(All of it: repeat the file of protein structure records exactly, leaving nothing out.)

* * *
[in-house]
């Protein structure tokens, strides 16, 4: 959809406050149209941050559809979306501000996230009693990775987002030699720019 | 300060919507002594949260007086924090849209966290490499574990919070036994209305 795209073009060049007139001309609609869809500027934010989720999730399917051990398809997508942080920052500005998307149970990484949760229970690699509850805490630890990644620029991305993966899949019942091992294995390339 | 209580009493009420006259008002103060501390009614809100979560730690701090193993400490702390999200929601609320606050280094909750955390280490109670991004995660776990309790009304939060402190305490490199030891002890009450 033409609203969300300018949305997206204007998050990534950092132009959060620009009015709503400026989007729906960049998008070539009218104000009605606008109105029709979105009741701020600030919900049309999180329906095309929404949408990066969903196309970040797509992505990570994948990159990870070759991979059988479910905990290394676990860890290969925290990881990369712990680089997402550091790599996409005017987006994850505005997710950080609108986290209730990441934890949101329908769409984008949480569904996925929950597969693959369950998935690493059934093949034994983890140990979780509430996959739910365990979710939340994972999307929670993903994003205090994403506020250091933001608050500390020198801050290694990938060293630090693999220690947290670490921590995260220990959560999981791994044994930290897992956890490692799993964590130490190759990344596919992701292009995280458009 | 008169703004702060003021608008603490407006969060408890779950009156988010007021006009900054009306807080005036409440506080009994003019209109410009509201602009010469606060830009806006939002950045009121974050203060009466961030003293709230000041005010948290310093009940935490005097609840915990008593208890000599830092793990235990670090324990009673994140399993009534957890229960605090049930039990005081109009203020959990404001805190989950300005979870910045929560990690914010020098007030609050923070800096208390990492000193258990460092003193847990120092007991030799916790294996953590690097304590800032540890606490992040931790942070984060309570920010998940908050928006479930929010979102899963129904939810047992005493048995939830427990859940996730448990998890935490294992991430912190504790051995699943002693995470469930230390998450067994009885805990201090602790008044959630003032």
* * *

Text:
[in-house]
């Protein structure tokens, strides 16, 4: 959809406050149209941050559809979306501000996230009693990775987002030699720019 | 300060919507002594949260007086924090849209966290490499574990919070036994209305 795209073009060049007139001309609609869809500027934010989720999730399917051990398809997508942080920052500005998307149970990484949760229970690699509850805490630890990644620029991305993966899949019942091992294995390339 | 209580009493009420006259008002103060501390009614809100979560730690701090193993400490702390999200929601609320606050280094909750955390280490109670991004995660776990309790009304939060402190305490490199030891002890009450 033409609203969300300018949305997206204007998050990534950092132009959060620009009015709503400026989007729906960049998008070539009218104000009605606008109105029709979105009741701020600030919900049309999180329906095309929404949408990066969903196309970040797509992505990570994948990159990870070759991979059988479910905990290394676990860890290969925290990881990369712990680089997402550091790599996409005017987006994850505005997710950080609108986290209730990441934890949101329908769409984008949480569904996925929950597969693959369950998935690493059934093949034994983890140990979780509430996959739910365990979710939340994972999307929670993903994003205090994403506020250091933001608050500390020198801050290694990938060293630090693999220690947290670490921590995260220990959560999981791994044994930290897992956890490692799993964590130490190759990344596919992701292009995280458009 | 008169703004702060003021608008603490407006969060408890779950009156988010007021006009900054009306807080005036409440506080009994003019209109410009509201602009010469606060830009806006939002950045009121974050203060009466961030003293709230000041005010948290310093009940935490005097609840915990008593208890000599830092793990235990670090324990009673994140399993009534957890229960605090049930039990005081109009203020959990404001805190989950300005979870910045929560990690914010020098007030609050923070800096208390990492000193258990460092003193847990120092007991030799916790294996953590690097304590800032540890606490992040931790942070984060309570920010998940908050928006479930929010979102899963129904939810047992005493048995939830427990859940996730448990998890935490294992991430912190504790051995699943002693995470469930230390998450067994009885805990201090602790008044959630003032």